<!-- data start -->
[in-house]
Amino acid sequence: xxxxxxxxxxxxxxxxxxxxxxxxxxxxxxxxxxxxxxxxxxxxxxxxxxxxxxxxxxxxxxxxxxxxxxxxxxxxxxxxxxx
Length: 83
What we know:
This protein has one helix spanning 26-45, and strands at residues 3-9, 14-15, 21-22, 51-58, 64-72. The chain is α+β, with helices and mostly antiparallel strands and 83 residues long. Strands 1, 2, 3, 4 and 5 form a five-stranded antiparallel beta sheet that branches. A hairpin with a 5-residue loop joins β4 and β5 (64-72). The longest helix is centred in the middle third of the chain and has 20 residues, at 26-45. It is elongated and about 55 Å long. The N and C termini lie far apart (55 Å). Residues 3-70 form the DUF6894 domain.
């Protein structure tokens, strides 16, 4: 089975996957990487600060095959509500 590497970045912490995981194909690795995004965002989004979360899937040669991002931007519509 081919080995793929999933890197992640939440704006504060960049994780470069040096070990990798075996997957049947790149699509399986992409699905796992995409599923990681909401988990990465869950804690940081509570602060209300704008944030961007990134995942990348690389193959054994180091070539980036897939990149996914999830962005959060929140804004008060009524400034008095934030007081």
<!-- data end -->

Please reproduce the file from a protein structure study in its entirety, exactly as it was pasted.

[in-house]
Amino acid sequence: xxxxxxxxxxxxxxxxxxxxxxxxxxxxxxxxxxxxxxxxxxxxxxxxxxxxxxxxxxxxxxxxxxxxxxxxxxxxxxxxxxx
Length: 83
What we know:
This protein has one helix spanning 26-45, and strands at residues 3-9, 14-15, 21-22, 51-58, 64-72. The chain is α+β, with helices and mostly antiparallel strands and 83 residues long. Strands 1, 2, 3, 4 and 5 form a five-stranded antiparallel beta sheet that branches. A hairpin with a 5-residue loop joins β4 and β5 (64-72). The longest helix is centred in the middle third of the chain and has 20 residues, at 26-45. It is elongated and about 55 Å long. The N and C termini lie far apart (55 Å). Residues 3-70 form the DUF6894 domain.
């Protein structure tokens, strides 16, 4: 089975996957990487600060095959509500 590497970045912490995981194909690795995004965002989004979360899937040669991002931007519509 081919080995793929999933890197992640939440704006504060960049994780470069040096070990990798075996997957049947790149699509399986992409699905796992995409599923990681909401988990990465869950804690940081509570602060209300704008944030961007990134995942990348690389193959054994180091070539980036897939990149996914999830962005959060929140804004008060009524400034008095934030007081």